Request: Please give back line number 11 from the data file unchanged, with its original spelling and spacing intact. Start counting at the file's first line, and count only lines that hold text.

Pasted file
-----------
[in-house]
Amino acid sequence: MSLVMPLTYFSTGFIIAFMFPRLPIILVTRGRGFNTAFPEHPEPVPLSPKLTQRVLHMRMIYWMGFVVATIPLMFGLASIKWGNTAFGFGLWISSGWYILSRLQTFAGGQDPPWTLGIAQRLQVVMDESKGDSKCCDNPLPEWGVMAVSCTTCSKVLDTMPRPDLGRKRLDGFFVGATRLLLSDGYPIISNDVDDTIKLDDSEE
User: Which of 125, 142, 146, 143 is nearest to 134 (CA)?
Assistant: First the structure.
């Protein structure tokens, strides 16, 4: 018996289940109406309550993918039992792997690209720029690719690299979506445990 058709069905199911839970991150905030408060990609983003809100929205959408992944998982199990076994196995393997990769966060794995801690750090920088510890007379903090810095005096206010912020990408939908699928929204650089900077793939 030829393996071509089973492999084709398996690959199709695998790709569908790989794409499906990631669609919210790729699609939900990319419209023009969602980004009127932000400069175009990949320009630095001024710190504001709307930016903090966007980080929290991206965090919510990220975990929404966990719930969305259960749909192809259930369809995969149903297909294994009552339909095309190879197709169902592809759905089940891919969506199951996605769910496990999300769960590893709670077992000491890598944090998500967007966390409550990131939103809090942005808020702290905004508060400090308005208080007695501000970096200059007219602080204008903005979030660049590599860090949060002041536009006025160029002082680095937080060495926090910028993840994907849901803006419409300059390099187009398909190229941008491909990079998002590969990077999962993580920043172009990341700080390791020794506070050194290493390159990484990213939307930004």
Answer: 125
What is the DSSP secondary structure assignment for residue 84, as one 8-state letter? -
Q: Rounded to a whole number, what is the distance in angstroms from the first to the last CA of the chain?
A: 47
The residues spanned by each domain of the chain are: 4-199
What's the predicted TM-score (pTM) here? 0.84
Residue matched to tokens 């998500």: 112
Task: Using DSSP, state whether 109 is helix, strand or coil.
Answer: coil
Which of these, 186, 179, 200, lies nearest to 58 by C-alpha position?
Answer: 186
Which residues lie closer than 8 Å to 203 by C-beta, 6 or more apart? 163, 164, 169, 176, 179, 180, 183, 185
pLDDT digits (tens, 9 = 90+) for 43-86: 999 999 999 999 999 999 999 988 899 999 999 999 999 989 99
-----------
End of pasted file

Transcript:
What's the predicted TM-score (pTM) here? 0.84